The process for utilizing this new system is fairly simple. The first step is that the NRCS staffer is required to attend a planning training session to become qualified to assist landowners in prescribed fire planning. Although not necessarily required, this training was developed by the partners to focus on landowner education and responsibilities as well, and it is strongly encouraged that landowners attend a training prior to implement a burn. The training protocol is designed for the landowner, the NRCS staffer, and the fire practitioner to work jointly on developing a safe and effective fire plan.

Roles and Responsibilities:
By crafting the process as we have, the Partnership has replicated key aspects of professional prescribed fire planning. While very few staffers are considered fire experts, their work in partnership with the landowner is to assist the landowner in understanding his or her role as the main person responsible for the fire. Basic responsibilities are as follows:

Landowner:

  • START EARLY: Due to training schedules, staff availability, and limited fire practitioner options, it may take up to a year to plan for a prescribed fire. To ensure that staff and practitioners (like VFDs) will have time to assist, landowners should begin this process during the summer prior to burning the following spring.
  • Attend training.
  • Fill out fire plan accurately and to the best of his/her ability.
  • Work with NRCS staff or other qualified individual to review the fire plan.
  • Prepare the land with firebreaks and other needs.
  • Secure necessary equipment.
  • Implement the fire and/or secure a qualified fire practitioner, company, or fire department to conduct the burn.
  • A critical part of this process is that the landowners themselves are responsible for ensuring the accuracy of the fire plan and maps.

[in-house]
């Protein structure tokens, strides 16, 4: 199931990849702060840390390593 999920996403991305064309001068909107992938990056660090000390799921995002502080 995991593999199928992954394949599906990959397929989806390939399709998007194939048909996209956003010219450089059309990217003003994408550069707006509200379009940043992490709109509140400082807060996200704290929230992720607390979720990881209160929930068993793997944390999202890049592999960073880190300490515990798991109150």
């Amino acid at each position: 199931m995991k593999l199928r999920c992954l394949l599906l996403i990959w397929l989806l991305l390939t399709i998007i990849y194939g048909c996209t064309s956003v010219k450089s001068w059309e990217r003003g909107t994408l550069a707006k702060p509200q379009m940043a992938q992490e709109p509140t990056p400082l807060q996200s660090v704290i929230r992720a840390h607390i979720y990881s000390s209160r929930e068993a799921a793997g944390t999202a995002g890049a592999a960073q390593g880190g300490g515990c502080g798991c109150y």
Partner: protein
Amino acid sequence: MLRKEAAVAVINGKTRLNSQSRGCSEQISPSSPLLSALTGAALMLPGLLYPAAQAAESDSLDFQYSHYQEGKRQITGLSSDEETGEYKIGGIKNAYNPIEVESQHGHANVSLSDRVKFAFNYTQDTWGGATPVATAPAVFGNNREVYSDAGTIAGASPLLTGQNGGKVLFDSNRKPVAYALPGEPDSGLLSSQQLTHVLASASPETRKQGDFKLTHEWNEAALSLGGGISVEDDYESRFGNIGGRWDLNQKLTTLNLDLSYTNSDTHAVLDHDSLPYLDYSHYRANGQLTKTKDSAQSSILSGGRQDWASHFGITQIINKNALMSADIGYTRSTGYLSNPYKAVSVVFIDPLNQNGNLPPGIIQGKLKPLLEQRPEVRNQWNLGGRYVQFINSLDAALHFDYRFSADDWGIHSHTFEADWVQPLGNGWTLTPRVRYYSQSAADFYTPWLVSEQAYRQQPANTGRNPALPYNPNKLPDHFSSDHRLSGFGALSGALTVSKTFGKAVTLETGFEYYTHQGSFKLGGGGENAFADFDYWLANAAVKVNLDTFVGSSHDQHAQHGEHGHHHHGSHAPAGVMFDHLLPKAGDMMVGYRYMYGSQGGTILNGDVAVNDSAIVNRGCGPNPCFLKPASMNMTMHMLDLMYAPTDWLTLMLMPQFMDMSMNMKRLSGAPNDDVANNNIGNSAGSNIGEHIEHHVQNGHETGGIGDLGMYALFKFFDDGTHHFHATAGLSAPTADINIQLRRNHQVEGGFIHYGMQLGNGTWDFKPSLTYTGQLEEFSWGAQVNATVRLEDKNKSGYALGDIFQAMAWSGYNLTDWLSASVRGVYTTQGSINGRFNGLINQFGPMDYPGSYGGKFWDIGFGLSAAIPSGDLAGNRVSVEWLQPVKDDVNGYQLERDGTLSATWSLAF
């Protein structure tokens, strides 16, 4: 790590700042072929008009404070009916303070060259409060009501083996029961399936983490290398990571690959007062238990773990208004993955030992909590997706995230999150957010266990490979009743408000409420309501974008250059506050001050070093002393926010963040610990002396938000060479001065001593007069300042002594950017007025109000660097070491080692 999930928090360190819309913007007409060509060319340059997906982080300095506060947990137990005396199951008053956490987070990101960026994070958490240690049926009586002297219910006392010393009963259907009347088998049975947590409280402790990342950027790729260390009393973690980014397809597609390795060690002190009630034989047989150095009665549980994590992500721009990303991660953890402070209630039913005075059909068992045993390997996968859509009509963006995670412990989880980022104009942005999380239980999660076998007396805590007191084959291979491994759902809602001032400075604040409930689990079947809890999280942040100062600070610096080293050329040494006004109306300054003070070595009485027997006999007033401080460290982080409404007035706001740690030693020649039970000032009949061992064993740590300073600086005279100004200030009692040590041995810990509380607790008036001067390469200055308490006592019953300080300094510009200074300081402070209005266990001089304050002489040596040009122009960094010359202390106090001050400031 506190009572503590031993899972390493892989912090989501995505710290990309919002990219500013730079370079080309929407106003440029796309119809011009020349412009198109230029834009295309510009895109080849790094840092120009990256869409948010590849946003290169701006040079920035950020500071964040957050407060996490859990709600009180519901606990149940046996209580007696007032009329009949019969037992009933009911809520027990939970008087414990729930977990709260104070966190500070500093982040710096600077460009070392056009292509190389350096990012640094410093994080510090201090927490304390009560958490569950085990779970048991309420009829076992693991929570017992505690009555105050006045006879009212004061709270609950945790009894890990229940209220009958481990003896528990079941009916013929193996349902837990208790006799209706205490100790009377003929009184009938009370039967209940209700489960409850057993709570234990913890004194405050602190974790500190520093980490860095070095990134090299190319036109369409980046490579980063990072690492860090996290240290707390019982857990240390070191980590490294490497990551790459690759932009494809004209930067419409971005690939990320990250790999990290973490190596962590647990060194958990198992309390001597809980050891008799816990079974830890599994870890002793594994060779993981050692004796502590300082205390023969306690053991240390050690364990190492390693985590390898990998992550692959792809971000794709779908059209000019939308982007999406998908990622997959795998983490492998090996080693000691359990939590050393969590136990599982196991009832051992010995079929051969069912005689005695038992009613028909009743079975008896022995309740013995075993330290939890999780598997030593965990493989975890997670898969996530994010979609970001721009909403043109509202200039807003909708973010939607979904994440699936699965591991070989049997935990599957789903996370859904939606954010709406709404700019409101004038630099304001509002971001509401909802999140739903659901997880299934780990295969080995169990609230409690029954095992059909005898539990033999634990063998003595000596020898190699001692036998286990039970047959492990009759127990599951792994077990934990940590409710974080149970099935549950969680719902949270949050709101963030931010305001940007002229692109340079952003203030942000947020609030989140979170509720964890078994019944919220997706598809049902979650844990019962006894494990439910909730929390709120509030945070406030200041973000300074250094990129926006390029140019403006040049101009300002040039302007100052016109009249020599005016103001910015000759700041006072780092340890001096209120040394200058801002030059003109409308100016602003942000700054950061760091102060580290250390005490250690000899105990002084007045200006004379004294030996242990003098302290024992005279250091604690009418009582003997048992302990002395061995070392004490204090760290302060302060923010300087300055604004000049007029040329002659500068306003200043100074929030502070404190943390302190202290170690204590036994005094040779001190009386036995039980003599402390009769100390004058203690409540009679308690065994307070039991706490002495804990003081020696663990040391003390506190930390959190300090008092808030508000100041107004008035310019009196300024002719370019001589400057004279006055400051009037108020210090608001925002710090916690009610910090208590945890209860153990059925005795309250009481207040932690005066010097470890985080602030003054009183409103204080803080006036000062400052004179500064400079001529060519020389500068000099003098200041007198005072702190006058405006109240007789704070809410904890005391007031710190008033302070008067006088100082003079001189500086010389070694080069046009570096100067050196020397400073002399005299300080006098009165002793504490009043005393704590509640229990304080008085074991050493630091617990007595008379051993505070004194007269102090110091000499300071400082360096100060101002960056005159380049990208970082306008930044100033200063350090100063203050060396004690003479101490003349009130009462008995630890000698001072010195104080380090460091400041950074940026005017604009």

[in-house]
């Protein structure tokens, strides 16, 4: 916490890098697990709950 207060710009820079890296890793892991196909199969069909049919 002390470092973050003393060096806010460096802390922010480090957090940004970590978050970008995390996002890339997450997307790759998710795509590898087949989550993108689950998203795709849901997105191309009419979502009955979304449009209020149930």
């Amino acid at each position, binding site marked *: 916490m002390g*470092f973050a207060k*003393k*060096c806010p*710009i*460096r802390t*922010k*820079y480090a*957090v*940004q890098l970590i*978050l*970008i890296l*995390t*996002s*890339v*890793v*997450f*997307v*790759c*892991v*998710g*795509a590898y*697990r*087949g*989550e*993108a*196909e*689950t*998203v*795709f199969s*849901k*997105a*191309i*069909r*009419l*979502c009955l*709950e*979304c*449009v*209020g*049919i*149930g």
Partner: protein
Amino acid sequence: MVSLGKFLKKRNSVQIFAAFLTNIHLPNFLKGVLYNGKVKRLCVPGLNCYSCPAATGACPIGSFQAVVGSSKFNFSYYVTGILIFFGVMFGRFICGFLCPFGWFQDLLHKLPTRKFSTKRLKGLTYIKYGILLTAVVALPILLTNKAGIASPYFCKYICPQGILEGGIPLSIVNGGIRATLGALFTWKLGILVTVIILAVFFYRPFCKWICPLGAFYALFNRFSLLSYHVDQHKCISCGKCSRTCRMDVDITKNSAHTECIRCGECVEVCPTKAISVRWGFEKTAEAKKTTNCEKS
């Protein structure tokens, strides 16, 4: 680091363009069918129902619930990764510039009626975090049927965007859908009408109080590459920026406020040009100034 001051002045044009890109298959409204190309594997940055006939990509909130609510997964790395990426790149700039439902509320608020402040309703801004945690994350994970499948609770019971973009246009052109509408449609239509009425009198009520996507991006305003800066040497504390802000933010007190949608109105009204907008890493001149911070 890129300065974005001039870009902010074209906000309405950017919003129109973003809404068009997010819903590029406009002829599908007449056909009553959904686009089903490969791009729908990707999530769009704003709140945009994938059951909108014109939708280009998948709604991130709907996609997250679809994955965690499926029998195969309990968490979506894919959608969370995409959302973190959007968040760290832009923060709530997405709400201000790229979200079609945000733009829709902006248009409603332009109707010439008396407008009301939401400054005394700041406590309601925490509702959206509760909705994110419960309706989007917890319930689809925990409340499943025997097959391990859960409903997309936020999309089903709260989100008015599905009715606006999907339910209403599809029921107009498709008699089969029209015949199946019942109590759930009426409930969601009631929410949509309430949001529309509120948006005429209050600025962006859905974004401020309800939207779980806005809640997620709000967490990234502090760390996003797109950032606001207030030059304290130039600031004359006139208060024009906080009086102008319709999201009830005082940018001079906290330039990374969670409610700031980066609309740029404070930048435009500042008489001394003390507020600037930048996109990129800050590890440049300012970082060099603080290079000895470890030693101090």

NRCS Staffer:

  • Attend training prior to assisting landowners.
  • Review fire plan for completeness of content.
  • Make recommendations on improvements if necessary.
  • Sign plan as complete and that all required components have been addressed.
  • It is not the NRCS staffer’s responsibility to ensure accuracy of the information; rather it is his/her responsibility to assist the landowner in understanding the importance of accurate planning for ecological objectives and safety.
  • Assist landowner in submission of qualified plan to FSA for review and acceptance.

Fire Practitioner:

  • Work with landowner on planning and accuracy, paying particular attention to resources and weather parameters
  • Follow the FSA-accepted burn prescription.

The Fire Plan:

  • Fire plans come in various shapes and sizes, but generally all fire plans adhere to the following basic categories:
  • Title page / review and approval
  • Unit name / ID
  • Legal location
  • Fuel type / fuel load
  • Area description
  • Unit description
  • Firebreak Descriptions
  • Expected Fire Behavior
  • Objectives
  • Weather Prescription
  • Special Considerations
  • Emergency / burn contacts
  • Personnel needs
  • Equipment needs
  • Operations plans: Ignition, patrol, mop-up
  • Smoke management plan
  • Safety plan: communications
  • Medical plan
  • Pre / post burn report
  • Go / no-go pre-burn check list
  • General contacts
  • Maps
    • Area
    • Unit
    • Smoke impacts / sensitive areas
    • Ignition
    • Contingency
    • Staging / resources
    • Escape routes / safety zones

READ MORE
Previous 1 2 Next

See Comments


 
Log In or Sign Up to comment

COMMENTS

No comments have been posted



Name:

Comments:

Receive the latest news, information and commentary customized for you. Sign up to receive the AgWeb Daily eNewsletter today!.

 
 
Enter Zip Code below to view live local results:
bayer
 
 
The Home Page of Agriculture
© 2014 Farm Journal, Inc. All Rights Reserved|Web site design and development by AmericanEagle.com|Site Map|Privacy Policy|Terms & Conditions